Footage from a rollercoaster ride moments before a teenager fell to her death suggests a safety bar had not been lowered, an inquest has heard.
A safety expert also said that aspects of restraints on the hydro ride at Oakwood theme park were "unacceptable".
Hayley Williams, 16, of Pontypool, was on holiday in west Wales when she fell 120ft to her death in April 2004.
Her sister had told Haverfordwest Coroner's Court that no safety checks were made as they queued for the ride.
The jury were shown frames from a recording of Hayley boarding the ride. She was wearing a yellow plastic poncho to protect her from getting wet as the boat dropped down a near-vertical chute into a plunge pool at 50 mph.
Hayley, a Sunday school teacher and talented musician, was sitting in an outside seat on the last-but-one row to the rear.
Hayley was dressed in a yellow plastic poncho as she boarded
Pembrokeshire Coroner Michael Howells had said the G-force as the boat plunged down, would have been capable of flipping out anyone who was not secured.
Hayley's sister Hannah Williams previously told the court that by the time the carriage climbed to the top of the ride her eyes were closed from fear. As it began to descend, she recalled one of her friends crying out that Hayley had fallen.
Image expert Andy Laws - who analysed footage taken on the day Hayley died and staged a reconstruction - said the image of Hayley was consistent with the T-shaped safety bar on the seat being left "open," leaving her unsafe.
He was also asked to examine whether the female ride assistant had physically checked to ensure Hayley was secure.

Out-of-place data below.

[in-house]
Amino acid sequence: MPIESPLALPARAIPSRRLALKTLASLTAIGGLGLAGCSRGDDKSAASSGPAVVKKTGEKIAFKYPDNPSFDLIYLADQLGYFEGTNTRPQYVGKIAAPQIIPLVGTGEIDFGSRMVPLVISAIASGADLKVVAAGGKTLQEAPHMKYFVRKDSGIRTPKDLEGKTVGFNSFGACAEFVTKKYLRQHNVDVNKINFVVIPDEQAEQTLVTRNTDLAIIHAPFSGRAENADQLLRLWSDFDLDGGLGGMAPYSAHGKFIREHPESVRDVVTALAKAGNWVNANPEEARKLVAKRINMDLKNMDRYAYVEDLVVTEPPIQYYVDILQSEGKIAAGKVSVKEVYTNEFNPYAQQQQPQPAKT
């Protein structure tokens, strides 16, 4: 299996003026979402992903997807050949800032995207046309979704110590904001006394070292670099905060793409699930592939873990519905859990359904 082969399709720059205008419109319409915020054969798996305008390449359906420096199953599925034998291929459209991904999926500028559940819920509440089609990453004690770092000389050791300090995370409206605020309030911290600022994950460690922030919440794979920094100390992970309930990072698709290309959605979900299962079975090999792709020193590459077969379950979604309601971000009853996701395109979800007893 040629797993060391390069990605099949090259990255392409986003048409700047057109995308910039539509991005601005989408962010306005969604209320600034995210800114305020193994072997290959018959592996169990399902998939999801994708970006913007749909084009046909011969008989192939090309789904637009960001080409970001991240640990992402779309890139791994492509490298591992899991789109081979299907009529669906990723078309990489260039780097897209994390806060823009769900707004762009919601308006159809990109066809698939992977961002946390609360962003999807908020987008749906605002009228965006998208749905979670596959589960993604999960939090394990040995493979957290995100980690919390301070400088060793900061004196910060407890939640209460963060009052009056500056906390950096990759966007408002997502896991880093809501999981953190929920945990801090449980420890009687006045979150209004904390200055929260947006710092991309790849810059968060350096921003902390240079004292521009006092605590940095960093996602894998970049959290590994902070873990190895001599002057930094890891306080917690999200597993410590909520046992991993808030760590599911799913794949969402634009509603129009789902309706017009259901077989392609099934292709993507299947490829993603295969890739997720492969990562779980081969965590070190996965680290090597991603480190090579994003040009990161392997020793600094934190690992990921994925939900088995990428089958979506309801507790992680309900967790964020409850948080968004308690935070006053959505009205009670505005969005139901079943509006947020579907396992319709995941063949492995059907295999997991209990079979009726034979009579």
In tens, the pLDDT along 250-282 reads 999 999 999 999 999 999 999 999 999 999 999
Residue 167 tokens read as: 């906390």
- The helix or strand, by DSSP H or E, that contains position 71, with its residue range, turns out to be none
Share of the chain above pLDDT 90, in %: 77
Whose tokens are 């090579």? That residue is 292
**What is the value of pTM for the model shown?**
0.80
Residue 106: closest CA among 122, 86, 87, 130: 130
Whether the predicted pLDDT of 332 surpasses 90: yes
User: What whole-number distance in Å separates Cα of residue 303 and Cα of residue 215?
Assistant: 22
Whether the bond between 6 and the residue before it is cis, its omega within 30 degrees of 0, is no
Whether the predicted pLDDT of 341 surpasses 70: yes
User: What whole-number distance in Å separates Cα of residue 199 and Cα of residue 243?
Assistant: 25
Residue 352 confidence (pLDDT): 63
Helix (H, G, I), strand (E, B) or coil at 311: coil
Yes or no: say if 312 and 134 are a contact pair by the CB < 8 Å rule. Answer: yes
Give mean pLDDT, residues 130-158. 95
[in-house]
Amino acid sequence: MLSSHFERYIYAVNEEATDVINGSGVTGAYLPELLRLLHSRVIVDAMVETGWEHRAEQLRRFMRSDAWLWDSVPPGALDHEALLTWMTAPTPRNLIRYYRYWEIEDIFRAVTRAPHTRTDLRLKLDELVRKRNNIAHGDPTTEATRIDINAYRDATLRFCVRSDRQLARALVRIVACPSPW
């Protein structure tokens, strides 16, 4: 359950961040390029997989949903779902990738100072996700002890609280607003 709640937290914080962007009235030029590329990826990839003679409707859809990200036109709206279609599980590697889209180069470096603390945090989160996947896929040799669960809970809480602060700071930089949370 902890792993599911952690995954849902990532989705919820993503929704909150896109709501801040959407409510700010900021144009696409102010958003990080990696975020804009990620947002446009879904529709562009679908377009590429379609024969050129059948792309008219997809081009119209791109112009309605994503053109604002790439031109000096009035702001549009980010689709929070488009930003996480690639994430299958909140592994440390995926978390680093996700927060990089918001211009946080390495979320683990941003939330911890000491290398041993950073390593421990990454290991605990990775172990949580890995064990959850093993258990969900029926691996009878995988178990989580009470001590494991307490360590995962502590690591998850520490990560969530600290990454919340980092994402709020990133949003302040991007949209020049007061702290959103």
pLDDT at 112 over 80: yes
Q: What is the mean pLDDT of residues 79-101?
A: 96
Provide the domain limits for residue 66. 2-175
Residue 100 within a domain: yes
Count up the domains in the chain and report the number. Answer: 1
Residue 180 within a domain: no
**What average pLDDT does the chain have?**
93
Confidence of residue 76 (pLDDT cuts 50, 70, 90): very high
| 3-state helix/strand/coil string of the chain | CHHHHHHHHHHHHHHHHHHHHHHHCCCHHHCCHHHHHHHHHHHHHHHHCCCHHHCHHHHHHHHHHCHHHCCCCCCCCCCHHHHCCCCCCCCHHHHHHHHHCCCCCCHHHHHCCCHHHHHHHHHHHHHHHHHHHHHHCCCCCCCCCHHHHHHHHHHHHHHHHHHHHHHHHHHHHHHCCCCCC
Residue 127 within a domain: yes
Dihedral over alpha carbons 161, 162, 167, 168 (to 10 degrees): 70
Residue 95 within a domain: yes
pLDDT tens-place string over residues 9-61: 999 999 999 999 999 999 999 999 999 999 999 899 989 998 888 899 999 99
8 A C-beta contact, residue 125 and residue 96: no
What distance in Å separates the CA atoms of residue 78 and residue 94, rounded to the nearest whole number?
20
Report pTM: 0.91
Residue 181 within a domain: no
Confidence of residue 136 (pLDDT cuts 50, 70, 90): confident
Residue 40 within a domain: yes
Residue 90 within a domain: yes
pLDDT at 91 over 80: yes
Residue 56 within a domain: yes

He said: "The female stood adjacent to Hayley for a total period of around 23 seconds but during that time there was no appearance that she carried out any physical checks on the belt or the T-bar."
Ride assistant Rebecca Chittleburgh, 21, subsequently gave evidence. She said she knew from the operating manual that she had to physically check safety features were secure but that she had been distracted.
She said she then saw the carriage pull off and she had not given the signal to activate the ride.
The jury also heard from mechanical engineer Roger Jones who considered safety to be "unacceptable".
He manually tested all 24 bars and belts and thought they were operating as they should. But, he revealed, he was able to get out of Hayley's seat unaided even after pulling the security lap bar down into place.
"I sat in the seat, pulled the bar towards me and I found that I could get out," he told the inquest. "You are actually able to get out of it," he added.
'Undo safety belt'
Mr Jones, who is now retired, acknowledged that if the seat belt and the lap bar were both being used, a passenger would be secure.
But, he added, he had discovered it was possible to undo the safety belt even once a lap bar was in place and that this could not be detected by a ride supervisor, either visually or by physically trying it.
"You need the lap belt just in case something goes wrong with the lap bar," he said.
"The foreseeable risk in my opinion is such that the reliance on this system has proved to be unacceptable."
Senior management from Oakwood are expected to give evidence soon.
The inquest continues.